World Soccer August 2021 is now available to buy online and in shops.
From the Editor
International football continues to strive by captivating audiences and resonating with supporters, and the brilliant Euro 2020 tournament was the epitome of that. Those who predicted the decline of international football all those years ago couldn’t have been more wrong.
While club football has been tarnished by the recent rise of the Super League, and gets caught up all too often in the pursuit of wealth, football on the international stage retains a purity that is cherished by devoted fans, journalists and pundits alike. The only motivations at this level are passion and pride. And with that shared philosophy, footballers and supporters share a symbiotic bond.
You need only witness the emotional rollercoaster that Denmark rode; the whole nation uniting behind a galvanised national team following Christian Eriksen’s on-pitch collapse, leading to evocative displays such as those against Russia and Wales. Watching underdogs Switzerland celebrate an enthralling giant-killing against France in the last 16 was magical, showcasing why this is the best and most unpredictable sport in the world. And then there was England, finally managing to beat Germany in a knockout round tie and reaching their first major tournament final for 55 years.
After what the world has lived through the past 18 months, this is what we all needed. Football delivered. Having supporters back in packed stadiums created the magical atmosphere sorely missed in recent times. Worries over fatigue and how demanding domestic seasons would impact the tournament proved wide of the mark.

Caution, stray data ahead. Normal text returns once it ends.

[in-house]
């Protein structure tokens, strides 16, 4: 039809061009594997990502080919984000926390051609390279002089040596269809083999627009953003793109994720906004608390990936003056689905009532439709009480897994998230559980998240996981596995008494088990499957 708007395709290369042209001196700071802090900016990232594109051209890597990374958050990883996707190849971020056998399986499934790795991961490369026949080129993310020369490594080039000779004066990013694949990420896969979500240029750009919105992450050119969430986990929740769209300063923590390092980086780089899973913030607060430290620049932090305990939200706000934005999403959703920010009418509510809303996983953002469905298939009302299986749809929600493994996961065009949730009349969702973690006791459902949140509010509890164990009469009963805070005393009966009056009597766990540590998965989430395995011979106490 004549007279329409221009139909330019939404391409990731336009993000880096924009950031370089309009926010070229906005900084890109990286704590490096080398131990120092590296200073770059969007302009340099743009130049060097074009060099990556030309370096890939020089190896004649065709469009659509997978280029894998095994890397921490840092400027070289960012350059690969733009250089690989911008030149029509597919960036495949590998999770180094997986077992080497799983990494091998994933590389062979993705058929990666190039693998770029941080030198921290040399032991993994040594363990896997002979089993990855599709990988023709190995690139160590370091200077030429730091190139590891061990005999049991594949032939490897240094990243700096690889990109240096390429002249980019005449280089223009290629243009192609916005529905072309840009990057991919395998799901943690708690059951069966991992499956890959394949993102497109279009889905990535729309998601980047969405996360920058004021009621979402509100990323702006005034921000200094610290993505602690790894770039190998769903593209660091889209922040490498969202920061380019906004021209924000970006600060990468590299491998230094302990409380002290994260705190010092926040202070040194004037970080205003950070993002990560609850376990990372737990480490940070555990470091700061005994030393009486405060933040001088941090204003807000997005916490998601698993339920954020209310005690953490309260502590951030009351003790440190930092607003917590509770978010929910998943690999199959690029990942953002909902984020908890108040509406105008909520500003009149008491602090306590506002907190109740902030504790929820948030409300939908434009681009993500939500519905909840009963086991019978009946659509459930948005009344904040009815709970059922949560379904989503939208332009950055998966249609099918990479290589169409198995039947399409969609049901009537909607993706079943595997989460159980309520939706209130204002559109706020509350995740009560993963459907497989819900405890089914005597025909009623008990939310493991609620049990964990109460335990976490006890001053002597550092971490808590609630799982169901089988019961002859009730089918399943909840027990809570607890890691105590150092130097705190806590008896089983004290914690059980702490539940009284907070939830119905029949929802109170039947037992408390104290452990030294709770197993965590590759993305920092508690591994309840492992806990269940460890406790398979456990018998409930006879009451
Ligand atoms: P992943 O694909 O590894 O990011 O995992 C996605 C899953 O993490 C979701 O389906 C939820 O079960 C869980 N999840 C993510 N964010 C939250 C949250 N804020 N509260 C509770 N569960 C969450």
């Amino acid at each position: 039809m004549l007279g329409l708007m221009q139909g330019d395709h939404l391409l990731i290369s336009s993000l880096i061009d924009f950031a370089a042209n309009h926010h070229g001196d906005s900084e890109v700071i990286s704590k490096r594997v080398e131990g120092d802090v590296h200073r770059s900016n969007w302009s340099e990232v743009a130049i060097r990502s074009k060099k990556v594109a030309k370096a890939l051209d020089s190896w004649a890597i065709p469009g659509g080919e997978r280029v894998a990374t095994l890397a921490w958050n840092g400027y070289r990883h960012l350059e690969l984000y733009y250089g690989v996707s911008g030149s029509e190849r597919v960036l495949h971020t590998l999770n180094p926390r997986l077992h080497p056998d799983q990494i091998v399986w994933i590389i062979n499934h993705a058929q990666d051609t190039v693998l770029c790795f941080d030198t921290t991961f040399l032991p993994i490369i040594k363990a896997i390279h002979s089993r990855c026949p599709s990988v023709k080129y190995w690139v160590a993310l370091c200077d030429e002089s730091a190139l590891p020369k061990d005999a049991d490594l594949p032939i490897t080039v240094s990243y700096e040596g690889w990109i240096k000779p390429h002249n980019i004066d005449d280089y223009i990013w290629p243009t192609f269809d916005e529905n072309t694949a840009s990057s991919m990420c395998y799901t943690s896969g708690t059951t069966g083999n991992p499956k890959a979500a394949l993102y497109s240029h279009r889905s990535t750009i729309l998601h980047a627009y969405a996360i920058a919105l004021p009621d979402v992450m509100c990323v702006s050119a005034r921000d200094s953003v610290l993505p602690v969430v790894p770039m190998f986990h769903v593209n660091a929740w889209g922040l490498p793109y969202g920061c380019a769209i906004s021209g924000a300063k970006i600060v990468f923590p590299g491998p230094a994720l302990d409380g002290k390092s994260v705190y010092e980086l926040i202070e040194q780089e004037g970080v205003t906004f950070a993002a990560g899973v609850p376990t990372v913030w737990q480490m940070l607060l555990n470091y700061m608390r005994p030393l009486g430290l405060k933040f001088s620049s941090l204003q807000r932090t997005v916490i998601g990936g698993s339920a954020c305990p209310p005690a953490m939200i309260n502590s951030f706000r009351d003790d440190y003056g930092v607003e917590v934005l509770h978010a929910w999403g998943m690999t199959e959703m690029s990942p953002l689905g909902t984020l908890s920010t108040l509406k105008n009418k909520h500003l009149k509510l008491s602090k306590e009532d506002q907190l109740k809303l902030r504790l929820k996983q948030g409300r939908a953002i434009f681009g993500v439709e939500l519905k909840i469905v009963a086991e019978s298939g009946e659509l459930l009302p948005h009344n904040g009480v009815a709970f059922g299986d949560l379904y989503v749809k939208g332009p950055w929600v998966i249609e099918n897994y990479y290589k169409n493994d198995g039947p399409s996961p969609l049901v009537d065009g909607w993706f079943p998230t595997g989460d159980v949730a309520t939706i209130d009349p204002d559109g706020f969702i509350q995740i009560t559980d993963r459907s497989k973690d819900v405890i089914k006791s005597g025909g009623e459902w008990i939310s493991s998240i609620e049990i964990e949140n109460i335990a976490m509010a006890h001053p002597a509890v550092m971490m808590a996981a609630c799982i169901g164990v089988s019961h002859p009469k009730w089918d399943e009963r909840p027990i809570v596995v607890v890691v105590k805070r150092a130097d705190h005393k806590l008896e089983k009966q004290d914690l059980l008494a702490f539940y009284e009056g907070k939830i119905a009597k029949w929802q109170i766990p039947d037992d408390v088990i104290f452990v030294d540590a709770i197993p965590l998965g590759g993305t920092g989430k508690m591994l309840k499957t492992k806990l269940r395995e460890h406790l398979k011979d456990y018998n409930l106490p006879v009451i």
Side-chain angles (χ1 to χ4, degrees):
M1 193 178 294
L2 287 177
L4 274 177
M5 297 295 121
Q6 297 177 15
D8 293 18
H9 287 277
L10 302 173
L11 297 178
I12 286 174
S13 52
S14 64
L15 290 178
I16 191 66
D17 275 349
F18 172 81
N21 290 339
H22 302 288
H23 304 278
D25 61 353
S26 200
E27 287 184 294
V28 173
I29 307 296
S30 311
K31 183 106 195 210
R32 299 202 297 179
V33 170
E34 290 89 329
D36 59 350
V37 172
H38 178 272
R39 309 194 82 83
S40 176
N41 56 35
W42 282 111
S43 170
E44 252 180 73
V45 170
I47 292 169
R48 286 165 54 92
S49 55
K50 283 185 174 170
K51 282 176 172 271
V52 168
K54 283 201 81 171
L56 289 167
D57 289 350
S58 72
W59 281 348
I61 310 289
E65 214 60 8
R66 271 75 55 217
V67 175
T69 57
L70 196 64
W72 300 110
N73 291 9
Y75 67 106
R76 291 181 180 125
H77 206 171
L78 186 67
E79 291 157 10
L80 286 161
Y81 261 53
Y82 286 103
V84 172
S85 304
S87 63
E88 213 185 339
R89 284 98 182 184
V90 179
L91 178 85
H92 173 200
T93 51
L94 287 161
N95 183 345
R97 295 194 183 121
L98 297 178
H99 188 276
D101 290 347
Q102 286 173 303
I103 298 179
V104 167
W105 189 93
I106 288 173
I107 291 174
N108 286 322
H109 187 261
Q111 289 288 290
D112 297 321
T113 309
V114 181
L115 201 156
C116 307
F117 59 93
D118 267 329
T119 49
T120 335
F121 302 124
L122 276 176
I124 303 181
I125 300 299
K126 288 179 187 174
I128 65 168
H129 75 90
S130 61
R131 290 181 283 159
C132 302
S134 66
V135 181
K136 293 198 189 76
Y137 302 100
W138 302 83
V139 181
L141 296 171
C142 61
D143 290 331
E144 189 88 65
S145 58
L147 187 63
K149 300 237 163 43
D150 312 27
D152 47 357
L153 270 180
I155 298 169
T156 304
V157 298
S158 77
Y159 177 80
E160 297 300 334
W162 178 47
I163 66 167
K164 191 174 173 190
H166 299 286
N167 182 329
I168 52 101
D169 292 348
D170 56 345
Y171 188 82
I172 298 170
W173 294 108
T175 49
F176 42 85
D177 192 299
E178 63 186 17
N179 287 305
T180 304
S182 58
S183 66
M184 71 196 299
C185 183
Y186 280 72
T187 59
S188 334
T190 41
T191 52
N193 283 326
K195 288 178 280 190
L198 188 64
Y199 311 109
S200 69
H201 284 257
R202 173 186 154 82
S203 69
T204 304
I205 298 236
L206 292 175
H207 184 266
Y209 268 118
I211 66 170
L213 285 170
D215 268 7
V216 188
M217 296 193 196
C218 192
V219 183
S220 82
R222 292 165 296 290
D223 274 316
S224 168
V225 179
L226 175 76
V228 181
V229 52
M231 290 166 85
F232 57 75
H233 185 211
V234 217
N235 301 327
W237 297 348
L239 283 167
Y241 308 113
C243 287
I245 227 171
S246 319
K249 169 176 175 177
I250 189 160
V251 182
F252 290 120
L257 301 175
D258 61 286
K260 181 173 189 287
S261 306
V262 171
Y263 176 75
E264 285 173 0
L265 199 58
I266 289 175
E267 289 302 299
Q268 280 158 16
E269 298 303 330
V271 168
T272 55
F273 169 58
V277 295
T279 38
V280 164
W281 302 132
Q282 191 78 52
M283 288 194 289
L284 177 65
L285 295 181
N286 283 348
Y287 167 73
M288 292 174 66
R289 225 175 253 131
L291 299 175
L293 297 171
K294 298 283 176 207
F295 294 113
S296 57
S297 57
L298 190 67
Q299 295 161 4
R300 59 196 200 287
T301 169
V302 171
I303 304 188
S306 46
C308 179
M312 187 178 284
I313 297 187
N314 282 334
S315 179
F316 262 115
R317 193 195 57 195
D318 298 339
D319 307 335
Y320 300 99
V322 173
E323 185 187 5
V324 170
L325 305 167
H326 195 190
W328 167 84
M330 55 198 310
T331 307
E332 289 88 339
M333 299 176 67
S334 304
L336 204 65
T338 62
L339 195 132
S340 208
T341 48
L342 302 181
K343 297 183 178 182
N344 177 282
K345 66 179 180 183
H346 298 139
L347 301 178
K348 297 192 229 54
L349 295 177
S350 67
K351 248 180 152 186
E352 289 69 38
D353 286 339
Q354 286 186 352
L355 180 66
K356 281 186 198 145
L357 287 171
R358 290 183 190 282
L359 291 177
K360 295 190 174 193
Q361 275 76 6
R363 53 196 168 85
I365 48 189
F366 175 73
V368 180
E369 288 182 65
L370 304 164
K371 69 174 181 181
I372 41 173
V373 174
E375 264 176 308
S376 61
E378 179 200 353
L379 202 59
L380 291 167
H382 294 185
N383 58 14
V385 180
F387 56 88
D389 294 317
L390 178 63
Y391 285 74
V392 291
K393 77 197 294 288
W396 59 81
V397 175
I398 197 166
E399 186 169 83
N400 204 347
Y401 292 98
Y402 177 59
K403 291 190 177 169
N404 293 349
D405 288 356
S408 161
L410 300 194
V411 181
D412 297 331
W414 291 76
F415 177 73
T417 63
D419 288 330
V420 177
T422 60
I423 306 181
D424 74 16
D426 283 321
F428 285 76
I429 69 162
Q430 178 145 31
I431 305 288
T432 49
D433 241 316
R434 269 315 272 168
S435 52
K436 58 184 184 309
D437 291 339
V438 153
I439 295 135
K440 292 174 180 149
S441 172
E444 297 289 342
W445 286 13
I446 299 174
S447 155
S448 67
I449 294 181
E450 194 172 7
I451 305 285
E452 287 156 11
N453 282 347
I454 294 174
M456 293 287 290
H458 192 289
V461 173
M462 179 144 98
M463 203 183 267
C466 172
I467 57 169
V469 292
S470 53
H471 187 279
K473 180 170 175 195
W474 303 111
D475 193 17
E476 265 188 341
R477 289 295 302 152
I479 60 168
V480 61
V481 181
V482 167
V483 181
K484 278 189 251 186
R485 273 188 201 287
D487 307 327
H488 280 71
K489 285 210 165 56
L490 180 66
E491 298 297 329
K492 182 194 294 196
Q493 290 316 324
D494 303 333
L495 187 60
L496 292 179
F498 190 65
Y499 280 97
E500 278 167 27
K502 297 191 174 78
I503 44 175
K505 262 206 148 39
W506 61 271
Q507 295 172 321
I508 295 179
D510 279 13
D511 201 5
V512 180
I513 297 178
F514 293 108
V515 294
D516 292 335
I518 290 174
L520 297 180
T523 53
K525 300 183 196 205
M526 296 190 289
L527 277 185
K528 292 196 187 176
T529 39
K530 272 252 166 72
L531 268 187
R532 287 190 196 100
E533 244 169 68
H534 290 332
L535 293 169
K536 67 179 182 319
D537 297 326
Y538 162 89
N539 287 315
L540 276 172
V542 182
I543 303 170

There were more goals than any European Championship ever. Action, drama, energy, excitement and, oddly, own goals were plentiful. It was undoubtedly one of the greatest major international tournaments in living memory, perhaps of all time, and featured some of the greatest ups and most dramatic downs we’ve ever witnessed.
How the country-hopping host format affects transmission of COVID going forward remains to be seen. The format was also criticised logistically by many, with some teams travelling thousands of miles (Wales) and others only stepping foot out of their own country once (England). This tournament was certainly different, that’s for sure. But then, some things never change: new national heroes continue to be made, Cristiano Ronaldo continues to break scoring records and penalty shootout defeats continue to be the scourge of England.
Stephen Fishlock, Group Editor
THE WORLD THIS MONTH
People in the news…on and off the pitch
4 In pictures
10 From the Editor
12 Keir Radnedge The question without an answer
14 Jonathan Wilson Football and politics remain inseparable
16 ESM XI Team of the Season
18 Ins & Outs People on the move
EURO 2020: REVIEW
20 Tournament overview
24 A to Z
26 Players of the Tournament
28 Team-by-team analysis
EURO 2020: THE COMPLETE RECORD
38 Round of 16
42 Group A
44 Group B
46 Group C
48 Group D
50 Group E
52 Group F
56 Copa America 2021 Overview and team-by-team analysis
62 Tokyo Olympics Men and women’s tournament previews
66 EyeWitness Jude Bellingham’s meteoric rise
98 My biggest game Michael Owen
Exclusive reports from our worldwide network of correspondents
76 CONCACAF Nations League review
78 Argentina Colon win Copa de la Liga
80 Libya Football returns to the country
82 Asia World Cup 2022 qualifying update
90 Copa America Squads
92 Results section